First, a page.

Come join is for a weekly residency with Binghamton singer-songwriter Bess Greenberg and weekly guests. Every Tuesday @ Zona's !
Bess Greenberg didn’t begin playing music until the age of 33, but talk to her and it will be clear she believes everything happens for a reason.
Growing up in Upstate New York, with three older brothers and a basketball coach for a father, it was on a basketball that Greenberg developed her sense of rhythm. Bess was born into a basketball family and spent her childhood years dribbling and running . She loved every second of it. “We were introduced to many things growing up ~ including music ~ but basketball was a way of life for us."
But while the Greenberg's hustled around to games, camps and basketball tournaments, Greenberg's mother, singing and playing guitar, was always the soundtrack in the forefront, and the love she had of music was shared with her children. “When I was 6, we even had a family band. We all sang along and even played at a local coffeehouse. The memory of it all is something amazing to me. "
Given her path has led back to music, when asked if she regrets not taking a more direct musical route when given the chance, as a child, she replies. "Looking back, I am grateful for my years entirely devoted to basketball. I loved it, and still do. It gave me a safe and healthy place to grow up and find personal reward in things like focus, teamwork, passion and commitment. In the long run, I think it makes me a better musician today because I have those values as a part of my foundation.”
That focus she displayed for basketball led to All American Athletic and Academic honors in college at Binghamton University and an opportunity to play professionally abroad. "The fact that the game I loved took me to live and travel in other parts of the world changed the direction of my life. I got to see and experience other cultures; I was hungry for that, and it opened my eyes to so many things.”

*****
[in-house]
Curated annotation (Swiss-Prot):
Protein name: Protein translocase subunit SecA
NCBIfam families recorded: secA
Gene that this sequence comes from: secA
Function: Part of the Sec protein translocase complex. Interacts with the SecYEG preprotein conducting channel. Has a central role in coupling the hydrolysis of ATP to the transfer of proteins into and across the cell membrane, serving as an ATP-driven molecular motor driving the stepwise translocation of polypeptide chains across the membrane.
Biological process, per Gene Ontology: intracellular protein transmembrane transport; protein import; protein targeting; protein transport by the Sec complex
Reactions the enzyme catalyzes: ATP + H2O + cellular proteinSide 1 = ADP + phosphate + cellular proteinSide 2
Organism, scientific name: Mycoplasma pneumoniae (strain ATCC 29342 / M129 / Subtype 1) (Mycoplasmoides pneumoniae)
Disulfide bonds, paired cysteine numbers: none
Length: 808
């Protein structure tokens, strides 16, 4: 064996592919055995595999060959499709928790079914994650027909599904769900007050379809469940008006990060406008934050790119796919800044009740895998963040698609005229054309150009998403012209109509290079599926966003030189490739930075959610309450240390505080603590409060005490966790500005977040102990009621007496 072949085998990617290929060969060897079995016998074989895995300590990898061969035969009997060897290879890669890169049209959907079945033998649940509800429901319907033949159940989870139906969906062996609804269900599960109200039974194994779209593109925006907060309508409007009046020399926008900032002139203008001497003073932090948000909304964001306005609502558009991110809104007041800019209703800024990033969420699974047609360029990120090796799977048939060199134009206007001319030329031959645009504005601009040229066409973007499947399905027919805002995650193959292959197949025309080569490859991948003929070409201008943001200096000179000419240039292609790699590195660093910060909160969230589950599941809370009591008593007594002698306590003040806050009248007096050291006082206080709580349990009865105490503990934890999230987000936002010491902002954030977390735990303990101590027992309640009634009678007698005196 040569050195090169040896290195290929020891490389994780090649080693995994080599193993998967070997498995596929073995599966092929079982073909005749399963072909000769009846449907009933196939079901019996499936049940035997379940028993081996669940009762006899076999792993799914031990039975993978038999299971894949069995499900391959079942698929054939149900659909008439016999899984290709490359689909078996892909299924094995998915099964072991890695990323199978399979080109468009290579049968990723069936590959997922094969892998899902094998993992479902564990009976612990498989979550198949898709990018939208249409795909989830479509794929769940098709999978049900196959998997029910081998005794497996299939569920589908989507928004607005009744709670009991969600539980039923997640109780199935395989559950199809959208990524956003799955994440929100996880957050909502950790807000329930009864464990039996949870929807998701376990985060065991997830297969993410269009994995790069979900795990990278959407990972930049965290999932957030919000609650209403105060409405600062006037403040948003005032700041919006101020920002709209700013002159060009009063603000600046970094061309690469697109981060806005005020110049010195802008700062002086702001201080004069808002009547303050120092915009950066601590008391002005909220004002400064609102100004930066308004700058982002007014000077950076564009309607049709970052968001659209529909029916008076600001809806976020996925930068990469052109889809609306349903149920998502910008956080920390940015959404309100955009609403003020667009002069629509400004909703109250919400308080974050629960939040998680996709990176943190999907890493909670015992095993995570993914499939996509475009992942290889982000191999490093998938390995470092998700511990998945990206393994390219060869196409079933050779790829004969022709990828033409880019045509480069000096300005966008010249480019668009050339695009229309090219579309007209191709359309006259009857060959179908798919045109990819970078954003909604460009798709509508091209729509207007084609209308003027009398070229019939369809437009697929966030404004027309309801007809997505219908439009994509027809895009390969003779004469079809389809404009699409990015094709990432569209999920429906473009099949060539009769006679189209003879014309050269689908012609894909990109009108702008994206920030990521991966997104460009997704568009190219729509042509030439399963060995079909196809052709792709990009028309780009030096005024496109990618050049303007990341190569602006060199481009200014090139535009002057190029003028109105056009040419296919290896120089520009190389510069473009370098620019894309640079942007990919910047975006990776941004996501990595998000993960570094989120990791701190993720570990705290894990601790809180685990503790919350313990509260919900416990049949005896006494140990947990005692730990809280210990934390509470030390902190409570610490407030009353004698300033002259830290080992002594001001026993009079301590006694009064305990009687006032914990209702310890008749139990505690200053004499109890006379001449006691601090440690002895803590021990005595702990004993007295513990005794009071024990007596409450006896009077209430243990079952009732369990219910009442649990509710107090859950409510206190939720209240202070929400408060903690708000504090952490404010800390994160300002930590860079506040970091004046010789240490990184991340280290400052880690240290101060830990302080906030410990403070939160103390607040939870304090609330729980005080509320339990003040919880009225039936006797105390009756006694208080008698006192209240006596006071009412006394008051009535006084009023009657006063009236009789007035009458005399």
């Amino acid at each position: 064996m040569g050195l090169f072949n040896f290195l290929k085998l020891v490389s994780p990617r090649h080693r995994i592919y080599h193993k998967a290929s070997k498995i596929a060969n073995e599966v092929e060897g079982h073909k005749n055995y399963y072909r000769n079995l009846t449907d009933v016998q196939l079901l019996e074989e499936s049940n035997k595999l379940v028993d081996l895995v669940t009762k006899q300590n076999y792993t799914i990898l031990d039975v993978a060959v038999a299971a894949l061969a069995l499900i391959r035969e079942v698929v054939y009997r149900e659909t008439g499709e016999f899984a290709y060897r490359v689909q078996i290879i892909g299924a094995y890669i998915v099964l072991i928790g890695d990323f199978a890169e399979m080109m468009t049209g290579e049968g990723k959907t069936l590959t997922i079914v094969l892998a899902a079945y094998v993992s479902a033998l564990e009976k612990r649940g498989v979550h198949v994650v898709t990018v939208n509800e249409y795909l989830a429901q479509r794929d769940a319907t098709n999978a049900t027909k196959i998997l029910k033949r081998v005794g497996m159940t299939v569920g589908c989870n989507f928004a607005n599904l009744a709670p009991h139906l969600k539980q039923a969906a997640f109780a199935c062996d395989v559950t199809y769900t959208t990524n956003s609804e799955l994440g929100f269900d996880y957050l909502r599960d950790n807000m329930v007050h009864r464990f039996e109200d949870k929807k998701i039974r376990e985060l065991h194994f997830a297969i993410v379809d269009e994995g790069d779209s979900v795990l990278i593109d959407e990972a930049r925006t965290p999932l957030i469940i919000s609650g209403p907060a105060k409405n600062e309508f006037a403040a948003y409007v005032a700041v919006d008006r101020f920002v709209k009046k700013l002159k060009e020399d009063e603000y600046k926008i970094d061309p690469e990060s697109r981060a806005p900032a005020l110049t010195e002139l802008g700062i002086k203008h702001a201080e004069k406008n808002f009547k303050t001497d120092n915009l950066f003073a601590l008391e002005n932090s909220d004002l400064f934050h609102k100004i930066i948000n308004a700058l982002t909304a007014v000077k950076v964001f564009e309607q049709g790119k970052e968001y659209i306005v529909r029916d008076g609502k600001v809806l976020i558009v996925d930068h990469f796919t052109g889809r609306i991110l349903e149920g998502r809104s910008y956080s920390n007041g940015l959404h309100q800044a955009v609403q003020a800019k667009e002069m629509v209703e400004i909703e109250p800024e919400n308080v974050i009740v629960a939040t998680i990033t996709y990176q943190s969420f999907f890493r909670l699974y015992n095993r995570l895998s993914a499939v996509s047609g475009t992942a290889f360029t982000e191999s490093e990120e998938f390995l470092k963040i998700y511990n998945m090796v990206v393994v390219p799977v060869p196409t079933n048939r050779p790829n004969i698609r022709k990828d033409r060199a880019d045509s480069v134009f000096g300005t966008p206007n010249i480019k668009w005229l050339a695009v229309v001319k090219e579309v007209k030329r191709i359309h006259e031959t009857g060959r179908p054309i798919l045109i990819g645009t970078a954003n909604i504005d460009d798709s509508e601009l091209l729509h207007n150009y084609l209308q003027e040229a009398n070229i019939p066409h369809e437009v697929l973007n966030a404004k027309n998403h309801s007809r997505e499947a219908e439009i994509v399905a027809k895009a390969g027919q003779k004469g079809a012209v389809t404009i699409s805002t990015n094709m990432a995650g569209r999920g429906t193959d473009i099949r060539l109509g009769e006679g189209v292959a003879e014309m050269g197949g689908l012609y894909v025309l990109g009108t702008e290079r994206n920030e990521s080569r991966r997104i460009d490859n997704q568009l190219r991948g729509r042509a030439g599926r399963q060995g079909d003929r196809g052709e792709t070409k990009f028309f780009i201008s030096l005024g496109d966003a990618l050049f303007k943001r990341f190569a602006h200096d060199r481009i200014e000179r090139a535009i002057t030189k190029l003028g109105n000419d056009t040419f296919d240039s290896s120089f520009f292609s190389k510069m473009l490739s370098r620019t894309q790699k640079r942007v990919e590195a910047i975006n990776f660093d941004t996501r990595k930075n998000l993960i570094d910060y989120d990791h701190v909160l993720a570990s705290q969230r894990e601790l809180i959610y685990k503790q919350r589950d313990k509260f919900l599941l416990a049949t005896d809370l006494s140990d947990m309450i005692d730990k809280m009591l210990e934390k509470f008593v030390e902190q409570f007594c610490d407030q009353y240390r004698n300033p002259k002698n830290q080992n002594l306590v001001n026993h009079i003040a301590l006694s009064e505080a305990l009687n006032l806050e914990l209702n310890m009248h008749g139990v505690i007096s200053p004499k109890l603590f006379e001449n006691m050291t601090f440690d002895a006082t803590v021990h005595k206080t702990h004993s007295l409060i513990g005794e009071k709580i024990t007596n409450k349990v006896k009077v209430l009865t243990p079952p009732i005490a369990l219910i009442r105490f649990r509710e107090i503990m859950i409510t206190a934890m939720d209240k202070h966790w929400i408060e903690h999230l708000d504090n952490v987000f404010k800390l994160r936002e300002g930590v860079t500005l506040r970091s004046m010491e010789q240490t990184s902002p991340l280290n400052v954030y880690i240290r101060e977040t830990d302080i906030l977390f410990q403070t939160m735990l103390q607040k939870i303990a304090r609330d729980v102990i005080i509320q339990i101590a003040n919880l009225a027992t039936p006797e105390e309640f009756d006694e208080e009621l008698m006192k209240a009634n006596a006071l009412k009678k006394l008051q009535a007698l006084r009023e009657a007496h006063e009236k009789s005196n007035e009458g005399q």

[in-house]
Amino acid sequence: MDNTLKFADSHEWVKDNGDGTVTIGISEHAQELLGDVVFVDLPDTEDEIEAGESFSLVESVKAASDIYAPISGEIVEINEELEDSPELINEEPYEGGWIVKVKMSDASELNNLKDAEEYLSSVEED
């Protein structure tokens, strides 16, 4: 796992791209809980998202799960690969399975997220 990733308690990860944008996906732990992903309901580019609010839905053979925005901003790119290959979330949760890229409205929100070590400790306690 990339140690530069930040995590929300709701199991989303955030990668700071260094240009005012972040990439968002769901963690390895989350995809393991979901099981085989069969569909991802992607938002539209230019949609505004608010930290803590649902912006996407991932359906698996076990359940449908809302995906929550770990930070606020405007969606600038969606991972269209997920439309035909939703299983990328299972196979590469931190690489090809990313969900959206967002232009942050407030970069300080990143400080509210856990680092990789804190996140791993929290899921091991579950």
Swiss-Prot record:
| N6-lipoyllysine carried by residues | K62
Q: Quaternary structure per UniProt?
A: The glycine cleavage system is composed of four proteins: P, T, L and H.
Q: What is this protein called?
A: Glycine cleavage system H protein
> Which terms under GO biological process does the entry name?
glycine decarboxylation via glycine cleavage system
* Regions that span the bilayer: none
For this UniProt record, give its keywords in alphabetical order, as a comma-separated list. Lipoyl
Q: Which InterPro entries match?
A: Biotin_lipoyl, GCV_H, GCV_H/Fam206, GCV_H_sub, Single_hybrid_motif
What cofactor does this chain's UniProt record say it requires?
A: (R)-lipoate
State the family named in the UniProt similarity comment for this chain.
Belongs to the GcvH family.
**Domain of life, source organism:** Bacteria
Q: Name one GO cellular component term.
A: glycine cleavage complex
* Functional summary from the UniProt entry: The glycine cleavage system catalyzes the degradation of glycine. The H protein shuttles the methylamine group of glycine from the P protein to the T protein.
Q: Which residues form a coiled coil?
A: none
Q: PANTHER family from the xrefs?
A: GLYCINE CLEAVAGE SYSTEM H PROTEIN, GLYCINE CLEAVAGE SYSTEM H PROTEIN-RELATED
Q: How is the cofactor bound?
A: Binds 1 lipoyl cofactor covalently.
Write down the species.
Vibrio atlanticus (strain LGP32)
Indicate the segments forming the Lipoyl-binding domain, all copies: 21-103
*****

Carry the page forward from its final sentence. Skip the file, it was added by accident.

Ultimately, the biggest discovery was that Greenberg uncovered a deep passion for photography. Inspired to pick up a camera on her travels, she found she couldn't put it down.
“I felt like I had found a new way to communicate something important. Really quickly, I fell in love with making pictures. I knew it would help me grow in new ways and lead to new experiences, and that excited me. ”
In 2OO5~2OO6, while living and playing basketball in Israel, Greenberg created a photography series on Jerusalem, “The Old City” and applied for acceptance to a masters program at the International Center of Photography in New York City.
Accepted and awarded a Jack Kent Cooke Scholarship to pursue a combined study MFA degree in documentary and fine art photography, Greenberg left playing basketball in the summer of 2OO6.
“It was time, my heart was already moving in a new direction and I had to follow that feeling,” she says.
It seems she never looked back. After her first year of study at ICP, she was awarded with a New York Times Student Photography Award and granted a photography internship at the prestigious paper. But while working and creating documentary images, Greenberg continued to study and develop new artistic interests, and in 2OO9, she began a new journey. Six months after graduating with her MFA degree, she turned an empty Central Park retail space, which had been vacant for more than two years in the economic downturn, into artist run cultural spaces ~ 25CPW and Red Roots Gallery. The result: was more than 230 culturally diverse exhibitions that Greenberg curated over nearly five years. 25CPW and Red Roots were open from 2009-2014. During that time she also served two years on the Advisory Council in Photojournalism for the esteemed Alexia Foundation, curated and produced shows and events at the Copenhagen Photography Festival, The Finger Lakes Grassroots Festival, in barns, in basements, bars and more.
But then music changed her life.
“I had moved back upstate to Binghamton, NY and was commuting to the gallery for work. During that time i made amazing musician friends, and Jackie Colombo [of Milkweed} and Claire Byrne [of Driftwood] said, 'Buy a bass’, and I bought a bass. I had been wanting to buy a bass, but they only encouraged me and i respected them so much; that made the difference to me."
In the first month of beginning to play music, Colombo and Byrne invited her to play bass in Americana band Milkweed and soon after, she began songwriting and singing in the harmonizing duo, The Falconers, with its album release “Red Roots” in 2o15.
In the four and half years she has been playing, she has performed at festivals along the east coast, joined honored musicians such as Richie and Rosie, Donna the Buffalo, and Preston Frank on stage, and is currently touring as a solo artist.
Greenberg will be releasing her debut solo album this spring.
“I’ve always been someone who gravitates wherever my heart is leaning without trying to think too much about it,” she says. “I just trust that it’s gonna make me feel most fulfilled. Now, learning this new language of communicating with people … it’s overwhelming in some ways. Music makes me feel so full inside. The more I play, the better I feel. I’ve done a lot of different things in life, but music feels endless in itself."